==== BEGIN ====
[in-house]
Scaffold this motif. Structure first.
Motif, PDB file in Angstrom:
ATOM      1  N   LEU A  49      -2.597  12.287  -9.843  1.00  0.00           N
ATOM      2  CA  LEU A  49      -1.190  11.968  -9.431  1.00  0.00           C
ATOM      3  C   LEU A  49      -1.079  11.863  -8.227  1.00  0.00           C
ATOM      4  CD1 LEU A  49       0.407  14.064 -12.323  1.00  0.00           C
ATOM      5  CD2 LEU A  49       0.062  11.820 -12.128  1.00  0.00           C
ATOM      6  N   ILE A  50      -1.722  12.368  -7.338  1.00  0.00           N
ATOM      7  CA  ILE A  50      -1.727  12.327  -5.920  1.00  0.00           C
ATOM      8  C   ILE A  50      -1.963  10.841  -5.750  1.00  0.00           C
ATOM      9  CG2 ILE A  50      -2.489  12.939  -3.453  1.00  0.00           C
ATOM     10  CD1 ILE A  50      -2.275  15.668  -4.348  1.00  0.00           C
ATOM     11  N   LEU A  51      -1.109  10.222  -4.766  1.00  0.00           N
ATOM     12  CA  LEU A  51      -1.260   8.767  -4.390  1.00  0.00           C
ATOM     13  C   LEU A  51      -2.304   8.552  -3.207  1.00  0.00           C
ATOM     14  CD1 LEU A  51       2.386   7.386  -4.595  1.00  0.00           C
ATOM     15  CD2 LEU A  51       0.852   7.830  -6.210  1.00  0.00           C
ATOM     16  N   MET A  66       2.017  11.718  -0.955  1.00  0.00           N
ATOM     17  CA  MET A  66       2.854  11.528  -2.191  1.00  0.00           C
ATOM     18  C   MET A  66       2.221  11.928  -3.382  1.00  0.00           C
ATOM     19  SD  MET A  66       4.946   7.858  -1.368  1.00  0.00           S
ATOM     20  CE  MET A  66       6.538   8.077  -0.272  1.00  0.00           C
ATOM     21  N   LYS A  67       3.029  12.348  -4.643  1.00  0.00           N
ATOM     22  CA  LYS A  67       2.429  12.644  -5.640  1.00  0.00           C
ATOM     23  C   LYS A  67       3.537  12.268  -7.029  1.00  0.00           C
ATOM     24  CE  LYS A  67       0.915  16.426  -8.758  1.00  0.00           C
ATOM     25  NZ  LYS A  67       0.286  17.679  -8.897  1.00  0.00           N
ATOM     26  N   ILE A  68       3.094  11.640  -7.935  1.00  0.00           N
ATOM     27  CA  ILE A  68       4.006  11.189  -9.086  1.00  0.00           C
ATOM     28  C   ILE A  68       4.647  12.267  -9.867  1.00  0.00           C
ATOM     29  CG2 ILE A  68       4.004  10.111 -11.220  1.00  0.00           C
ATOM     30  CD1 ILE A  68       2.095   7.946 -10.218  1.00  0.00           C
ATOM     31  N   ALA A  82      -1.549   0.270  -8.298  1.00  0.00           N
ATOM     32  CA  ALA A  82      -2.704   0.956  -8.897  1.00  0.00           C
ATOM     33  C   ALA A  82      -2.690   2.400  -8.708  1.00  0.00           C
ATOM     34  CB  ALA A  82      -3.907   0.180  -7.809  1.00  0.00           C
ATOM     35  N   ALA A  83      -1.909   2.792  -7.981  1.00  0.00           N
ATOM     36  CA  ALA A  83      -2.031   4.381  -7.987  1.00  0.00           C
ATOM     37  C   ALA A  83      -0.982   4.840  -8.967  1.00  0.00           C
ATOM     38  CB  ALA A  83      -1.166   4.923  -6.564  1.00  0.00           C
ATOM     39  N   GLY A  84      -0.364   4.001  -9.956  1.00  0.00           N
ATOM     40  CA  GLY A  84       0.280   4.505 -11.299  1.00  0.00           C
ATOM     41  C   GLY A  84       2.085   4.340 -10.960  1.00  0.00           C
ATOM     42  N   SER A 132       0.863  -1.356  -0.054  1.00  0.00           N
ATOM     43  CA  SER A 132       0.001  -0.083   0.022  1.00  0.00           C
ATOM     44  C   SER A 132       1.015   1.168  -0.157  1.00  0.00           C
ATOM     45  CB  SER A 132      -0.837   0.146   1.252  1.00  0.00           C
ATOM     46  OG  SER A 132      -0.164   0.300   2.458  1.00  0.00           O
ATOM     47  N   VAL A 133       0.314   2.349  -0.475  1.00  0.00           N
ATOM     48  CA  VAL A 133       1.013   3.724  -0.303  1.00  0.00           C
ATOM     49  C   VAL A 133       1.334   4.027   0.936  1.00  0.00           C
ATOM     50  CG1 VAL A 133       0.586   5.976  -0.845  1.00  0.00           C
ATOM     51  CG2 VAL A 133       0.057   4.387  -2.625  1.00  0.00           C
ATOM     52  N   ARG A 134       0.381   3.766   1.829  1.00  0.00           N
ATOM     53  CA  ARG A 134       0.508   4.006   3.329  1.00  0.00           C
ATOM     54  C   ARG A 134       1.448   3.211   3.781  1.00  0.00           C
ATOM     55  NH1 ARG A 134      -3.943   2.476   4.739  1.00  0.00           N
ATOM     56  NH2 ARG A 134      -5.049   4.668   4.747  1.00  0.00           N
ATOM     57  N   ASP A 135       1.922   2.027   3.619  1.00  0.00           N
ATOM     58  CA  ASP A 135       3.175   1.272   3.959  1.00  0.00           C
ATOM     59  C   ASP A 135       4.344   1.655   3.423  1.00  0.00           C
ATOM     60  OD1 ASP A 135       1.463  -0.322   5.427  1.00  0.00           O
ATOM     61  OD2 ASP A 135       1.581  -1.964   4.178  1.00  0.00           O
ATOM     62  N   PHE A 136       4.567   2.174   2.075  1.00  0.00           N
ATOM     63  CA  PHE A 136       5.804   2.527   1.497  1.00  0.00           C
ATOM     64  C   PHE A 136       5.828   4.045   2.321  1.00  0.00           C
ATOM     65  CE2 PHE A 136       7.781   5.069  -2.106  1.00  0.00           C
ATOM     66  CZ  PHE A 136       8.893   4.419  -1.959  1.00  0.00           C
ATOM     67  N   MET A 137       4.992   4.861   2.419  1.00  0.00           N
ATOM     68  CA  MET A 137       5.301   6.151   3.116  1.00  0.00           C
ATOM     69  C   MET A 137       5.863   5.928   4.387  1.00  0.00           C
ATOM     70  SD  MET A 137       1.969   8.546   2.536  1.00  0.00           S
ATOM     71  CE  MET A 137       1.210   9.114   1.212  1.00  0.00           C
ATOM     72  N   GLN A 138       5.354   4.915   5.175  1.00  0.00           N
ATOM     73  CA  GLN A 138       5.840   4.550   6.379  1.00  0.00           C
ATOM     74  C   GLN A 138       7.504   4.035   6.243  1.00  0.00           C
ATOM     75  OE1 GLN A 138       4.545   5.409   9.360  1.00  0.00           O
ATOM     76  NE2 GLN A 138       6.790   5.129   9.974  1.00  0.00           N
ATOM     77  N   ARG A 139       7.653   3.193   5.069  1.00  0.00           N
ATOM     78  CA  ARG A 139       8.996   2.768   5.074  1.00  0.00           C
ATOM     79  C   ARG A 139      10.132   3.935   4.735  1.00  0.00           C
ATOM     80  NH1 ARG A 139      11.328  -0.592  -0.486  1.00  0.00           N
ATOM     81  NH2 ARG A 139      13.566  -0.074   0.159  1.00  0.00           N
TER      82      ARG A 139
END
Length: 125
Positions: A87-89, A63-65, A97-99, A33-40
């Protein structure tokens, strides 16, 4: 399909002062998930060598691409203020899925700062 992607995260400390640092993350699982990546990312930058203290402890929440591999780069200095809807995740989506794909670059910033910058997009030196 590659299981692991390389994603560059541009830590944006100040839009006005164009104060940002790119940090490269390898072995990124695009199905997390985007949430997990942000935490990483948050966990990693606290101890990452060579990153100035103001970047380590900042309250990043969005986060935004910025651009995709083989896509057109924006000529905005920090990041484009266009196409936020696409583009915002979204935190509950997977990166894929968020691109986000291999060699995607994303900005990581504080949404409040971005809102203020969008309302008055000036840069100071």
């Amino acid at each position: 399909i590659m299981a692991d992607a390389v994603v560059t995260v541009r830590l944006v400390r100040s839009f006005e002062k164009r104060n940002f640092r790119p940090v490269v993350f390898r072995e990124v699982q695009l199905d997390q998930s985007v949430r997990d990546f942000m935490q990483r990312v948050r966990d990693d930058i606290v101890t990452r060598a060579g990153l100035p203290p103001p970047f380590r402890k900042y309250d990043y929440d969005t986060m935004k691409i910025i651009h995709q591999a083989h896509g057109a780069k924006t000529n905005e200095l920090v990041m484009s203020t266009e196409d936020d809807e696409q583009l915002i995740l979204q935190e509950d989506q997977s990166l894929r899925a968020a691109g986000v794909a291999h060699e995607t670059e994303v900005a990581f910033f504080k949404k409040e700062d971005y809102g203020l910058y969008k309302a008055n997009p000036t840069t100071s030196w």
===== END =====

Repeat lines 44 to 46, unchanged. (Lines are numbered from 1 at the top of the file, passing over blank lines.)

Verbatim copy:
ATOM     41  C   GLY A  84       2.085   4.340 -10.960  1.00  0.00           C
ATOM     42  N   SER A 132       0.863  -1.356  -0.054  1.00  0.00           N
ATOM     43  CA  SER A 132       0.001  -0.083   0.022  1.00  0.00           C